A resident of the Province’s skilled nursing home describes the Franciscan culture of minority and the importance of adapting to change as one’s capabilities and sense of control evolve.
RINGWOOD, N.J. — Since I have been in residence at Holy Name Friary, I’ve had ample opportunity to reflect upon the relationship of old age and the Franciscan ideal of ‘minority’. One is certainly a minor in terms of physical and, to some degree, mental dexterity. The feeling that gives one a sense of control over his life is effectively assaulted by the conditions of his current lifestyle which is, in some way, at best a description of minority which for us Franciscans is reinterpreted on a spiritual level.
The weakness in which St. Paul so often glories is realized most definitely as one grows older and the capacity to adapt to change in condition — needed throughout life — is made very real with the onset of age. I have in the past few months passed through several stages of the relationship to humility.
I realize that I have never really taken it too seriously and I venture to presume that many other friars have felt the same way. However, I have moved on and have come to value, at the same time, the narrowing of my abilities and the really strong capacity everyone has for adaptation.
Through this frame of mind, I have begun to view my present life from a very positive position. I am gratefully a Friar Minor because I realize that my ability has always been limited only now that limitation is confronted by the art of adaptation, which allows me to equate ‘minority’ with the fullness of existence.
As a student of philosophy, I realize only too well the universal truth with regard to everything: this, too, shall change. Yet, the change is a testimony to the permanence of reality so long as we are willing to let reality reveal what truly exists. Learning requires us to accept and employ the understanding that our world is greater than we are and our greatness lies in our willingness to participate in how things are.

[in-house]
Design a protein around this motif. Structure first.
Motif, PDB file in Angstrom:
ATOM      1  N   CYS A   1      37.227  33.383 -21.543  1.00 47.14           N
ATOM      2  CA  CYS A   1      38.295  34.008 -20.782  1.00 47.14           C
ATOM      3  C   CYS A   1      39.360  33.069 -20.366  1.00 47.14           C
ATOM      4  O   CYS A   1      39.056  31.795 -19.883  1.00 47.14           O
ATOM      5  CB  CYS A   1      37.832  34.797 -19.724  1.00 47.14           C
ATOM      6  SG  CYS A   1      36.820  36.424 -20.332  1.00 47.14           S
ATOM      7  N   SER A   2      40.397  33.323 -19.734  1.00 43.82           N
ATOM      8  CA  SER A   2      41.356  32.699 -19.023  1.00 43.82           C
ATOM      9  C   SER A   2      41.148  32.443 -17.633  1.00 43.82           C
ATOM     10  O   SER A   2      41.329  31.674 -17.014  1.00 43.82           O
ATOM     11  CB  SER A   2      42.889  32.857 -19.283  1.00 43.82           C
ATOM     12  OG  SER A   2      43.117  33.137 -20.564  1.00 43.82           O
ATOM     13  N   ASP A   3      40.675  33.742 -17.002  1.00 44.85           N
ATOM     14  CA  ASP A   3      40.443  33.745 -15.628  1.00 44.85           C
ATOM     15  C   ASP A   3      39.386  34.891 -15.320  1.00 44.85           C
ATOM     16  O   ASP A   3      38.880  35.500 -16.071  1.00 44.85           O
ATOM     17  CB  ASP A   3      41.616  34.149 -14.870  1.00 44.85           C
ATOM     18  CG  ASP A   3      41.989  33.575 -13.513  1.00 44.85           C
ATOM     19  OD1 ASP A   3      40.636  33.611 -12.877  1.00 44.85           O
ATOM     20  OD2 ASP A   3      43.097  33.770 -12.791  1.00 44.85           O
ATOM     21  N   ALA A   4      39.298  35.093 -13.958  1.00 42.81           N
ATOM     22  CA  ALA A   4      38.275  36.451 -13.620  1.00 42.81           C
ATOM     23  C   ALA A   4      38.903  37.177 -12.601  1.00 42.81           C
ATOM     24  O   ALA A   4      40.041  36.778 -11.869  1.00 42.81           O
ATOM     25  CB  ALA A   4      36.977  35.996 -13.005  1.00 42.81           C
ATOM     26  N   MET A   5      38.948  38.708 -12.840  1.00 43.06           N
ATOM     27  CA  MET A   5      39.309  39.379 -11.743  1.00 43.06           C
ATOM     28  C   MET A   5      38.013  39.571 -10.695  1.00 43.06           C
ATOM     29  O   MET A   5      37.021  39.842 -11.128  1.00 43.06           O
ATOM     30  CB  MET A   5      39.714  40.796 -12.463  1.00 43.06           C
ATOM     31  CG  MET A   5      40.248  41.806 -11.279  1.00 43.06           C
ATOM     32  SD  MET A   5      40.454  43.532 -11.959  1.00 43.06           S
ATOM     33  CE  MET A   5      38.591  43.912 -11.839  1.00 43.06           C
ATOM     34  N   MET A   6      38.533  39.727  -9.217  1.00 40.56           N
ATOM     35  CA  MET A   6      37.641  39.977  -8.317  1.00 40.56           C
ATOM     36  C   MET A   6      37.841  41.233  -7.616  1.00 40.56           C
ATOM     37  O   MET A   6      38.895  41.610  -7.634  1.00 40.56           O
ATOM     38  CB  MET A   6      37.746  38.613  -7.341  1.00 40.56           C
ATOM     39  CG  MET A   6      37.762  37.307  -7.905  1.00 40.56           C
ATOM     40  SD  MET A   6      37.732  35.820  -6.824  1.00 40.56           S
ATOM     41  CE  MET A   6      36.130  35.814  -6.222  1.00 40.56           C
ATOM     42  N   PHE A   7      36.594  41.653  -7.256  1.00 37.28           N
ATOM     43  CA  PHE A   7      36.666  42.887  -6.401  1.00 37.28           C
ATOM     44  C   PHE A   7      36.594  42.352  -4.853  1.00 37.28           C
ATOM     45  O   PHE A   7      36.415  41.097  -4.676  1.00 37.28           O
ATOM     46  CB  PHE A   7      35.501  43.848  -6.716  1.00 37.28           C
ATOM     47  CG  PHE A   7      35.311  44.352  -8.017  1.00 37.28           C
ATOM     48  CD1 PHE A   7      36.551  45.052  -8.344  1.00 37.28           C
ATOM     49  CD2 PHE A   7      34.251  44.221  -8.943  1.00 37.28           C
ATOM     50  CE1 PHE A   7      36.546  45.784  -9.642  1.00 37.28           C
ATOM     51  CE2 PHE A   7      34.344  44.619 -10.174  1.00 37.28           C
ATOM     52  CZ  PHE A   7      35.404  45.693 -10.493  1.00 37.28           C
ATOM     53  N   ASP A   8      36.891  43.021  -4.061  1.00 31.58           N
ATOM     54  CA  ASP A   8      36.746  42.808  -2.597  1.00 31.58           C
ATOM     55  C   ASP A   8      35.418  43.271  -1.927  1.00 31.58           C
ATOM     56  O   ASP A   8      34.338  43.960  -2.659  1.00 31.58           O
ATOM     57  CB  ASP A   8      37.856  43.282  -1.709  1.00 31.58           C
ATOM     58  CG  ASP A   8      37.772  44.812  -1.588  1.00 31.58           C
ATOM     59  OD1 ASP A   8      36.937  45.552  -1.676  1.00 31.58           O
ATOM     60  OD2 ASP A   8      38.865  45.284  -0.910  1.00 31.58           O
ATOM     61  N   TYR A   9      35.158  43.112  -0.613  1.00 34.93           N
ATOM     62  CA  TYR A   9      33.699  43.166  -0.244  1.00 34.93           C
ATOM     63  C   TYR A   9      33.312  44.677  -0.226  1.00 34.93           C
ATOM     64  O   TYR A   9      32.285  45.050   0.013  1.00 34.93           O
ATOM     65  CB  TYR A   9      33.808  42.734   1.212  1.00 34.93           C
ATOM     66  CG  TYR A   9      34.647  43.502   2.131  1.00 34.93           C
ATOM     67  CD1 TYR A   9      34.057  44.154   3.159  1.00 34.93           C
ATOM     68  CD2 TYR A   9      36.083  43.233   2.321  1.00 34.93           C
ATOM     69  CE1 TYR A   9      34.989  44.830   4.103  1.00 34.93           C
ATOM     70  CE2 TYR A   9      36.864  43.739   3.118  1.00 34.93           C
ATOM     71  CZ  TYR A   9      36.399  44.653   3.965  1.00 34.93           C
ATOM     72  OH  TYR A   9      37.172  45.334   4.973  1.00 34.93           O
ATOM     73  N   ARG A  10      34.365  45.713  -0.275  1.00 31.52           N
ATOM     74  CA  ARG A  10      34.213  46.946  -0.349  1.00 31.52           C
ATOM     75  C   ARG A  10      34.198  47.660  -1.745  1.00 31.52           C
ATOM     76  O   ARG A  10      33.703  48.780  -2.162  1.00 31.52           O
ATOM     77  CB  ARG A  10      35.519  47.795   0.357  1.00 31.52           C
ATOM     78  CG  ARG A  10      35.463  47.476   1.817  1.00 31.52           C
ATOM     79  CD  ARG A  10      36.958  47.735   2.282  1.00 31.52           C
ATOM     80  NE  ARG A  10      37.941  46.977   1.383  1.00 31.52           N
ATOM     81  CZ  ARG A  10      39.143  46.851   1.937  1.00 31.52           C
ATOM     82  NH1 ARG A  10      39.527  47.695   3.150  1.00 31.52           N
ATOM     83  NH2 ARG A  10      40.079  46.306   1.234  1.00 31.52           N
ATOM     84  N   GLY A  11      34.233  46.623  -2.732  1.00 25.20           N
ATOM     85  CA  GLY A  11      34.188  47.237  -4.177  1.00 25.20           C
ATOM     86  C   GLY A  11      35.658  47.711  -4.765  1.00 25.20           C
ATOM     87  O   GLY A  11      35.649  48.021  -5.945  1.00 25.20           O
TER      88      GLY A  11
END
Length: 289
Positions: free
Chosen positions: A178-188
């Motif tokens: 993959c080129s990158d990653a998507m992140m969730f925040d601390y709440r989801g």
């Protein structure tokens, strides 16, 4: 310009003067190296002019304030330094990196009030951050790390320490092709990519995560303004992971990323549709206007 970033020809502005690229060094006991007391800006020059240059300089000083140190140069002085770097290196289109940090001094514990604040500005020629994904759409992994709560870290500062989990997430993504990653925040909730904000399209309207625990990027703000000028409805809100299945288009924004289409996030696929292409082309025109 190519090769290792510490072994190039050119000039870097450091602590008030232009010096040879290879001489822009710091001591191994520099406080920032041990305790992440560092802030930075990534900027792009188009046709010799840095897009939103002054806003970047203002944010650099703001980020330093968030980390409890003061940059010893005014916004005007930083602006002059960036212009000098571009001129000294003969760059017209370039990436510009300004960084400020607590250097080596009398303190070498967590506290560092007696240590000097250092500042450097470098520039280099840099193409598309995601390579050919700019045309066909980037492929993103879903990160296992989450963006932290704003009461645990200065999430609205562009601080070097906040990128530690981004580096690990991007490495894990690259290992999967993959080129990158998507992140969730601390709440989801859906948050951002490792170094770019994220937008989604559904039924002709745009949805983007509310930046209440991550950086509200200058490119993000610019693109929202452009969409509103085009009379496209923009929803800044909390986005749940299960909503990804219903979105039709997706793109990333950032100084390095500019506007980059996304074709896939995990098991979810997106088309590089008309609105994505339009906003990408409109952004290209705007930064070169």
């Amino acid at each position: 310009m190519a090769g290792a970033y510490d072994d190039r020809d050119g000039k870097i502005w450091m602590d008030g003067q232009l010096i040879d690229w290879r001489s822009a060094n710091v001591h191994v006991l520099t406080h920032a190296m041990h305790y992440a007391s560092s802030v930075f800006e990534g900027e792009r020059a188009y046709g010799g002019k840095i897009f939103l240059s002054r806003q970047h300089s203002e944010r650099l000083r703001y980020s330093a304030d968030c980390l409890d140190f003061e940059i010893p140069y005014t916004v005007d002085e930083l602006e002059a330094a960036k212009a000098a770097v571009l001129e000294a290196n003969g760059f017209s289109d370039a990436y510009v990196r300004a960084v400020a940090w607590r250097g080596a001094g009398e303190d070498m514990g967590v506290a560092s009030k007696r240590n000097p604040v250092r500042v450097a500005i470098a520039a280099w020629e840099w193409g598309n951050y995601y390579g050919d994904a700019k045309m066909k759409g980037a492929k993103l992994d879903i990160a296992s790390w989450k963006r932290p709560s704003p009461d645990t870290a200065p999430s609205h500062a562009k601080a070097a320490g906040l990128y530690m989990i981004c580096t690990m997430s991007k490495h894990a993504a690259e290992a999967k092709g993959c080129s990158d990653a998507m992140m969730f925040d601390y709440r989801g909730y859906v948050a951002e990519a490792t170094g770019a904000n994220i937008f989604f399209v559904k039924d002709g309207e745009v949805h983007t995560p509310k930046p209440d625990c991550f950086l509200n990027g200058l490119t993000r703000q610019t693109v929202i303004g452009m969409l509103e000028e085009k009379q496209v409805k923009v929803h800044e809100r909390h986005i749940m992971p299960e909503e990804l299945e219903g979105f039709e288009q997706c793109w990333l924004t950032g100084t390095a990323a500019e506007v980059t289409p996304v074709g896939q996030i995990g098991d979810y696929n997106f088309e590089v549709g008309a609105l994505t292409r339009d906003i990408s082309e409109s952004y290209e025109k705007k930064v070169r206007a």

In this willingness, we join our minds to the mind of God as he sends his only son to become one of us within the limitations of human nature.
Therefore, the Friar Minor in this Christmas season derives a particular joy from the reality of the Incarnation. Christmas is our feast only to the degree that we have come to grips with our ‘minority’ and – as I have begun this year — truly to appreciate the wonder of Christ’s birth which I can experience deeply only insofar as I rejoice in being a Friar Minor.
Let us thank God for our ‘minority’ and enter fully into the celebration of these holy days.
— Fr. Philip, a native of Massachusetts, moved to Holy Name Friary in 2015. He has written reflections on a variety of topics since living at the Province’s skilled nursing home. The most recent, published in September, was about Autumn.
Editor’s note: Friars interested in writing a reflection for HNP Today on a timely topic – a holiday, current event, holy day, or other seasonal themes – are invited to contact the HNP Communications Office at firstname.lastname@example.org. Additional reflections by friars can be found on the Spiritual Resources page of the HNP website.
- “Christmas Update from Ringwood” – Dec. 21, 2016, HNP Today
- “Ringwood Resident Reflects on Patience” – Feb. 10, 2016, HNP Today